Take the ShamWow, for example. The ShamWow is a chamois/towel that supposedly has super absorbent features that makes it superior to all other chamois on the market today. As their spokesman Vince tells in their video on YouTube, "it's made by Germans and you always know they make great stuff."

Their site touts this, and their literature and marketing all touts this, but I don't understand why they find that valuable to mention. As a U.S. consumer, I could care less who makes it (aliens could make it for all I care!) or how great they claim it is (everyone claims their product is awesome).

Show me how it's going to add value to my life. What pain point will it ease?

What I find of most value about the ShamWow is the part of the video where Vince pours the soda on the carpet and the ShamWow soaks it all up, including down into the carpet padding. That's value because that hits a pain point with me, having spilled many liquids on my carpet. The fact that the ShamWow even removes the brown color of the soda from the carpet is another pain point that is eased and viewers could find of value.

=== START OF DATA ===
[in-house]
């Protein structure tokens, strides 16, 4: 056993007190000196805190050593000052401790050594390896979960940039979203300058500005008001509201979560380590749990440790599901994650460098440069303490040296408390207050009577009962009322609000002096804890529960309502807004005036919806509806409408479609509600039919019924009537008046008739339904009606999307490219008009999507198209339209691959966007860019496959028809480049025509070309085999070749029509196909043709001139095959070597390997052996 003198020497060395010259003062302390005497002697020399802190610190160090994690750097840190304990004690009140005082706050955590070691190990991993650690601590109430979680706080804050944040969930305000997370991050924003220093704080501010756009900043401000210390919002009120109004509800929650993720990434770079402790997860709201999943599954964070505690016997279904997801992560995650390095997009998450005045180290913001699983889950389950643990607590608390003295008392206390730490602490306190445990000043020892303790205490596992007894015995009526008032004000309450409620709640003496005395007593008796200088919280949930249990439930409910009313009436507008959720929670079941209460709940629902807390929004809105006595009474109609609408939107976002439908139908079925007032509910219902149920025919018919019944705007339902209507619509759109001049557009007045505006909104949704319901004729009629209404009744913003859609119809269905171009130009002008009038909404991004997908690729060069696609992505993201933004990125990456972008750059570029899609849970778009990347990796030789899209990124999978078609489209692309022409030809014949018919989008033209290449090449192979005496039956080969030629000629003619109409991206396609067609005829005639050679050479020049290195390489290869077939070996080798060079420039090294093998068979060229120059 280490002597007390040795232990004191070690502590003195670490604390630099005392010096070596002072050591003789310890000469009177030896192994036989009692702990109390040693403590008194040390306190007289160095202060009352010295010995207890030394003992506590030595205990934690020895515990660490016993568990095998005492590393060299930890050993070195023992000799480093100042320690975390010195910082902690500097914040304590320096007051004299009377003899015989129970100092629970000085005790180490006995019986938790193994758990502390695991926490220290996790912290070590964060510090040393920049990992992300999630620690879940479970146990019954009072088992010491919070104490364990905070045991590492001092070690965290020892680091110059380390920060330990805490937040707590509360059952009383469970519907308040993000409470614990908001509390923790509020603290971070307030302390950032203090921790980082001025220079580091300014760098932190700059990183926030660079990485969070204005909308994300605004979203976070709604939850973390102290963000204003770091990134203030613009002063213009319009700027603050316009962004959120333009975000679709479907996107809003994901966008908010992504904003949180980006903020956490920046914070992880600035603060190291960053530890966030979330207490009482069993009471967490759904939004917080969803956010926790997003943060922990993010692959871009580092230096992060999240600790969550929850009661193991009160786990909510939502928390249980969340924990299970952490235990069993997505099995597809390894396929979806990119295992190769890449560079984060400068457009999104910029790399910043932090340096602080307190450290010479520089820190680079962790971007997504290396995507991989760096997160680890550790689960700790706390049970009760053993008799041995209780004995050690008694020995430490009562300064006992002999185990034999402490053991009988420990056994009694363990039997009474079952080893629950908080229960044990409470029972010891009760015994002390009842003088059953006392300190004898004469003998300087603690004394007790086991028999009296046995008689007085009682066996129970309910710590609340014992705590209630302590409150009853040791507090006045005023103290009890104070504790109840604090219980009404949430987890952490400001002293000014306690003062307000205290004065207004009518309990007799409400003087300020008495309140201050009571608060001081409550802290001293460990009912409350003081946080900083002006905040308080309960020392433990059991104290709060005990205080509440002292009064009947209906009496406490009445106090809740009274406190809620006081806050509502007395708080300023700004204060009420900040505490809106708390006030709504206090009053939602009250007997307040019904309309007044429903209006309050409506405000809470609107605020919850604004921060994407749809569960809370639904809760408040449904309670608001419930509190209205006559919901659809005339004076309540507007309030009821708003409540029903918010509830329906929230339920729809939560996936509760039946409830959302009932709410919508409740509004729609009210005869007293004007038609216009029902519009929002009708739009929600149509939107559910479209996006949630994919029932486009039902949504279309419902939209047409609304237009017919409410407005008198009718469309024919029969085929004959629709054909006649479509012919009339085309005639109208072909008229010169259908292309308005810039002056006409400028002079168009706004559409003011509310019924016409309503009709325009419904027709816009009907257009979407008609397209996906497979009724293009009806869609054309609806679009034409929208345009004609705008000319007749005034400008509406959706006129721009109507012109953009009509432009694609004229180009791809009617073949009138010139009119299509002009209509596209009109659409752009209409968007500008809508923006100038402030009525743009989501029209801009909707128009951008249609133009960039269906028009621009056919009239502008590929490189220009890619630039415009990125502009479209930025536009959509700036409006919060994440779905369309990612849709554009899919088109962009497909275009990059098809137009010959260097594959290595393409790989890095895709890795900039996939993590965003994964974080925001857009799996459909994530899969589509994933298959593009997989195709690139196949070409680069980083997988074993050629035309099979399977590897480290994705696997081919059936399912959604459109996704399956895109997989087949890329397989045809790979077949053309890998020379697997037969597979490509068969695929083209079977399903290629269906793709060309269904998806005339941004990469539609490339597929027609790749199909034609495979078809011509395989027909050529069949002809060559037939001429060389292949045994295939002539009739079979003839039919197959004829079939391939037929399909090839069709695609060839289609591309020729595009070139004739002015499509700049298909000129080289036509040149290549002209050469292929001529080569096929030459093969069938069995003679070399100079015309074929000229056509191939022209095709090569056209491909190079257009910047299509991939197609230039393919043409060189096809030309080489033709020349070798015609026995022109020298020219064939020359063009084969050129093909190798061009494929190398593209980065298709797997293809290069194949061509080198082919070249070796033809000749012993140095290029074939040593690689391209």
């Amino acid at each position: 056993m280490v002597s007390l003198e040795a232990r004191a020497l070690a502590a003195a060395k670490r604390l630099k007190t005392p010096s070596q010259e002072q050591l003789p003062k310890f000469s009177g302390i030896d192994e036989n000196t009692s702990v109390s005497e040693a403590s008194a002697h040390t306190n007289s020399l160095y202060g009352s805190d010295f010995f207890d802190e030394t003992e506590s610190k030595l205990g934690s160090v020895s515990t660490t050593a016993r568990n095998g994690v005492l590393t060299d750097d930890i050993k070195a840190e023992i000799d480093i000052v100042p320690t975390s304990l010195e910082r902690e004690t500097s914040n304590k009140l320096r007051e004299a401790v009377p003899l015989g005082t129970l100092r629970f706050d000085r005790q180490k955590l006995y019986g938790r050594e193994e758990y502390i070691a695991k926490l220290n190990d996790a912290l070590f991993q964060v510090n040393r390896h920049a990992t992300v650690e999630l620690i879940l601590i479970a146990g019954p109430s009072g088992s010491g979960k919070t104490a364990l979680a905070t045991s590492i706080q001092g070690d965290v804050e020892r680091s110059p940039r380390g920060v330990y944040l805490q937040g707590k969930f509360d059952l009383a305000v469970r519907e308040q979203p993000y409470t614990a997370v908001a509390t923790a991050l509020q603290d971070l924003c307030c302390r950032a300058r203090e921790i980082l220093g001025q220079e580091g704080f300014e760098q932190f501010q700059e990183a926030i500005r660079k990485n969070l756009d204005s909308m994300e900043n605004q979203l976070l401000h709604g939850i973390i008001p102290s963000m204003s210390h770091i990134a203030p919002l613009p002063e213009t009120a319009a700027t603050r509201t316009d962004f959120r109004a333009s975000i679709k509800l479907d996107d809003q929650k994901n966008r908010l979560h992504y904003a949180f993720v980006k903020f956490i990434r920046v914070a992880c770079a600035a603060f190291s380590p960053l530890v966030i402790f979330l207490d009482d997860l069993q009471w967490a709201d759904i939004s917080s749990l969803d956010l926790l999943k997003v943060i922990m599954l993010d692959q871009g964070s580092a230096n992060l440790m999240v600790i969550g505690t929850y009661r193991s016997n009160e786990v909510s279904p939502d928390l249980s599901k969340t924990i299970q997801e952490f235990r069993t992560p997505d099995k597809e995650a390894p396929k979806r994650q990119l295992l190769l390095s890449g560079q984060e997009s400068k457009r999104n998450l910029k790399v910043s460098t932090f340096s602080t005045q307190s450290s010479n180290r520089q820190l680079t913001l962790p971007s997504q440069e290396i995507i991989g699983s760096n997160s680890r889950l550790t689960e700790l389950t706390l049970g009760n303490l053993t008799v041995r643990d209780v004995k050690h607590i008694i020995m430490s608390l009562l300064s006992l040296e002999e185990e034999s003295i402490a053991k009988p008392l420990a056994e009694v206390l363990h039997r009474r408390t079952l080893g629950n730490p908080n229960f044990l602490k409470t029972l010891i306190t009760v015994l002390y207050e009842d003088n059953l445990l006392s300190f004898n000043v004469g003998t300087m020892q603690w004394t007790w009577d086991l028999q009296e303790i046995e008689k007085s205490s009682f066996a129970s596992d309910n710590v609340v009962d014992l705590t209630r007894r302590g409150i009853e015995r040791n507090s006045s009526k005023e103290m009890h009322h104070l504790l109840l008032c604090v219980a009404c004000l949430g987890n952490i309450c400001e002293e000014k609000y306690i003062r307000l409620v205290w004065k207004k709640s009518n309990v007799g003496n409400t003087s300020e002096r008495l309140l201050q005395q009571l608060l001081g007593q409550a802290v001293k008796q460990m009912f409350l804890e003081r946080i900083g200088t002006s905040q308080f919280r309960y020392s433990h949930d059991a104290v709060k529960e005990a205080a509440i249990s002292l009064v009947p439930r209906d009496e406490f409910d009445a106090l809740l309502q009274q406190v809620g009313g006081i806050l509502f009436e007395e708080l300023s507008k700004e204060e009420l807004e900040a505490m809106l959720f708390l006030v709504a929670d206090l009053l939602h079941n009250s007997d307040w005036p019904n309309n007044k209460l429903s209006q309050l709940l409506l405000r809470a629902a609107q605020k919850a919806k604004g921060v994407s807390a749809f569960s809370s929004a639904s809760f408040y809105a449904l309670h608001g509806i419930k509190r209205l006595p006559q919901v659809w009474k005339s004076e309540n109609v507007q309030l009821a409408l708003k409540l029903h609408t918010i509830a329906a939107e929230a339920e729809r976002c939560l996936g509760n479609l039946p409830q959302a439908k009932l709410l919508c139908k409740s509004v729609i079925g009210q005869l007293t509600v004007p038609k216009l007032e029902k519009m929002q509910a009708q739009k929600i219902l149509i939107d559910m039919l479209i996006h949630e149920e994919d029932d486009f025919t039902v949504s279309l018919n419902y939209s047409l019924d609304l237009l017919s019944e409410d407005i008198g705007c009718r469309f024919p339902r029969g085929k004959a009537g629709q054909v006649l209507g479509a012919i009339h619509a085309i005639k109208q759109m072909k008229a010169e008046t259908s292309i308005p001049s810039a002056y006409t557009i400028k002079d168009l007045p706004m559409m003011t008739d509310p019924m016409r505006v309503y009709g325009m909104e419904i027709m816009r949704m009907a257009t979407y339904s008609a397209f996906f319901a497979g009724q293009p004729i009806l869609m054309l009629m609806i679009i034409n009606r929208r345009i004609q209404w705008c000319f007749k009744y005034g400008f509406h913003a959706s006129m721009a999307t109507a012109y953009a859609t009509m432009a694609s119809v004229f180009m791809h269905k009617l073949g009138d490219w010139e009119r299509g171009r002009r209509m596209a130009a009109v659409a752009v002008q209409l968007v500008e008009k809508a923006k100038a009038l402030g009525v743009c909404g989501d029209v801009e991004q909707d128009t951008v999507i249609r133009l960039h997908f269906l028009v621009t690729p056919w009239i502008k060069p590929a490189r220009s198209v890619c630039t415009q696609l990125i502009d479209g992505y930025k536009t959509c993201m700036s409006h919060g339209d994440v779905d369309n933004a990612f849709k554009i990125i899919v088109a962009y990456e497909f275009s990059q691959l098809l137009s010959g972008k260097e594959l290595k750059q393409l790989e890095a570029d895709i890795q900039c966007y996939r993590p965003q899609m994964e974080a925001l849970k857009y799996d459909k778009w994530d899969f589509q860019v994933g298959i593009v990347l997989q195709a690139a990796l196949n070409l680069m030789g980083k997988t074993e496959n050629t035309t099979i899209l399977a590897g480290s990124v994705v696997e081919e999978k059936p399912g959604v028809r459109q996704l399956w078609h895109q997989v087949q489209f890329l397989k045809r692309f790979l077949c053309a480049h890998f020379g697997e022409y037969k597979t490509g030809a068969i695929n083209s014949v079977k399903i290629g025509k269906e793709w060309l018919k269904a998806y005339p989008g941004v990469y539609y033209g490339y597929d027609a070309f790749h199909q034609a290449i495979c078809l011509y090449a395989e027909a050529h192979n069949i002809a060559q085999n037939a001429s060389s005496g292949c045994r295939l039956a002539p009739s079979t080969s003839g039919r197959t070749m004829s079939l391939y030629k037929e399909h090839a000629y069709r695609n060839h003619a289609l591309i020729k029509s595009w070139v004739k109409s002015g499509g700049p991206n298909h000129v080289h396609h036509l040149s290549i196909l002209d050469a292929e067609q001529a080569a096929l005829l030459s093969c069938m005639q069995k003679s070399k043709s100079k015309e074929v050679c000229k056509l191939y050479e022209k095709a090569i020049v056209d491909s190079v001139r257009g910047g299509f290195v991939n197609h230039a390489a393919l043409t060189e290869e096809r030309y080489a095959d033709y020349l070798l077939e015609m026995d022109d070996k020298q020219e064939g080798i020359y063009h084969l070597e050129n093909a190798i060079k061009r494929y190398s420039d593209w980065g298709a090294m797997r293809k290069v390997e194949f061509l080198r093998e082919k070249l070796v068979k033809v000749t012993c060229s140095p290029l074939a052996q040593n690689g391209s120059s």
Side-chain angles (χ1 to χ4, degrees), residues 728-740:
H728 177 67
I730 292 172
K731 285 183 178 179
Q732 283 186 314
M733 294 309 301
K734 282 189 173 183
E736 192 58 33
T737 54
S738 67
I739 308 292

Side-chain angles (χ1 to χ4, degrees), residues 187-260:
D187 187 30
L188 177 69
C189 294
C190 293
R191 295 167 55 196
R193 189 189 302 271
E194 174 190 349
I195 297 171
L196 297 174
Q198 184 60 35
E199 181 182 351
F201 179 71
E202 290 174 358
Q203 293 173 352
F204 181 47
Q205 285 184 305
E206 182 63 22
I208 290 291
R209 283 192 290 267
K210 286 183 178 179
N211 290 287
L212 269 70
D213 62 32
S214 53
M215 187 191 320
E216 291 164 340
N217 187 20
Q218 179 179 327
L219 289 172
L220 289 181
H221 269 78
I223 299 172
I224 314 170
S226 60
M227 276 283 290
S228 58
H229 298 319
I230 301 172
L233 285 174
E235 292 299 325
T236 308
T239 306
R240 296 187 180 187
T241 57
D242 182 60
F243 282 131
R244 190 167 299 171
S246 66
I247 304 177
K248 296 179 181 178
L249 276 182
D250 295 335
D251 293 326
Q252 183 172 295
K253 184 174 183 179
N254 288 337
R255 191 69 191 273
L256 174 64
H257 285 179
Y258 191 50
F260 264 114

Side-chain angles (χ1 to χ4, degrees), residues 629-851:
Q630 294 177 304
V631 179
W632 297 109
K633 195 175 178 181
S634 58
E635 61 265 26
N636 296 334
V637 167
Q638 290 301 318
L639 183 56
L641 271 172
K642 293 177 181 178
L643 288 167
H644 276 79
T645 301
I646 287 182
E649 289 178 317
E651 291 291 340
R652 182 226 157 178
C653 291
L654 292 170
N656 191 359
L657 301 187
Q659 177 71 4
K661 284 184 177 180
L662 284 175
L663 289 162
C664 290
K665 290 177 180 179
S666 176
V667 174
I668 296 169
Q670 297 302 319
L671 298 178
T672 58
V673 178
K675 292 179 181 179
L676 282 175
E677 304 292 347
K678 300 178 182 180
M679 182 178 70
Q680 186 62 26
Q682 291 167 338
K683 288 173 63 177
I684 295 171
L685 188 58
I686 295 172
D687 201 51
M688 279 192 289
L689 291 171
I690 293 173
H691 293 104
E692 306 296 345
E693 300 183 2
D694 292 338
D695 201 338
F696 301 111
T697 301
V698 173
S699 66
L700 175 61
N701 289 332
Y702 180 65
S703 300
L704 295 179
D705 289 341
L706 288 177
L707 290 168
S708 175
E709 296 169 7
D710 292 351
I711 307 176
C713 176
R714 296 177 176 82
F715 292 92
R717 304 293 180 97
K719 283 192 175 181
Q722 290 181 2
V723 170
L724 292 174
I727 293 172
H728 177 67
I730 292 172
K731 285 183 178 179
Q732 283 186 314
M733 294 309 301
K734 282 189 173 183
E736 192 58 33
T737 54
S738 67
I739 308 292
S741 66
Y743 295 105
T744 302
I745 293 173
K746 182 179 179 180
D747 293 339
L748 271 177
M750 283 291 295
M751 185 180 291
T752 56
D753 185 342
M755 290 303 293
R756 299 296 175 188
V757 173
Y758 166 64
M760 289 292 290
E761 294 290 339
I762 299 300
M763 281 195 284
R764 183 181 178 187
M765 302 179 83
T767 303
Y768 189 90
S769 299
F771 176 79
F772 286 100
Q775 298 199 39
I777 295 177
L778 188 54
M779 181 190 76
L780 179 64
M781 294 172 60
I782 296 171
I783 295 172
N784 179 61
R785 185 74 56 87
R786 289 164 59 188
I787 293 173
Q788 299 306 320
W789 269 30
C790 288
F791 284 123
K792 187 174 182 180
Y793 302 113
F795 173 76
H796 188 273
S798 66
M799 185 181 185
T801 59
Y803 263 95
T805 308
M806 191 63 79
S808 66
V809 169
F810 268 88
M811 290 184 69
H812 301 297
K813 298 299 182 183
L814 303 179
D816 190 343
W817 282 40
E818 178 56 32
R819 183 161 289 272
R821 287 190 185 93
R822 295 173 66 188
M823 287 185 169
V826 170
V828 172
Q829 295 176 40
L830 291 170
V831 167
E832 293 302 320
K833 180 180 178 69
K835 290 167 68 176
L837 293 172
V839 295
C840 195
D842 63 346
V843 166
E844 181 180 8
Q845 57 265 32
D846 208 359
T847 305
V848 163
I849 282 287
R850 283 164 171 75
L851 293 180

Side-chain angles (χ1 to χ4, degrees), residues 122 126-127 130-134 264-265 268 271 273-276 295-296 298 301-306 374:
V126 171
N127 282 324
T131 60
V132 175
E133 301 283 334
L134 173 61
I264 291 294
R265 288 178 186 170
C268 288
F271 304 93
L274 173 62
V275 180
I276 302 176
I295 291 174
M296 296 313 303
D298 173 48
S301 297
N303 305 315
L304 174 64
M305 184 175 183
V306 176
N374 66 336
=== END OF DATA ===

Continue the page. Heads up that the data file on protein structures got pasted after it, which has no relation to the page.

It could do the same thing for a glass of wine spilled on carpet. Imagine ShamWow doing a whole video about how their product picks up wine stains off of white carpets. Blush wines, zinfandel wines, port wines, cabernet sauvignon wines -- all of the "colorful" wines that can leave a huge mess behind if spilled can be effectively cleaned up by the ShamWow. Now if they sent that hypothetical video off to a few wine bloggers, they probably could have a hit because it would provide value by easing a pain point for people who love to drink wine.

What You Deem Valuable Could be Worthless to Your Audience

You may think that PDF spec sheet of the 10 best of features for your product or service is the best marketing slick ever. You've spent hours designing the marketing look and feel around it, you want to make sure that it's on your Web site and it's put into every sales packet. You believe this is the most valuable piece of content there is to sell your product.

Unfortunately, you aren't thinking from the end user's perspective.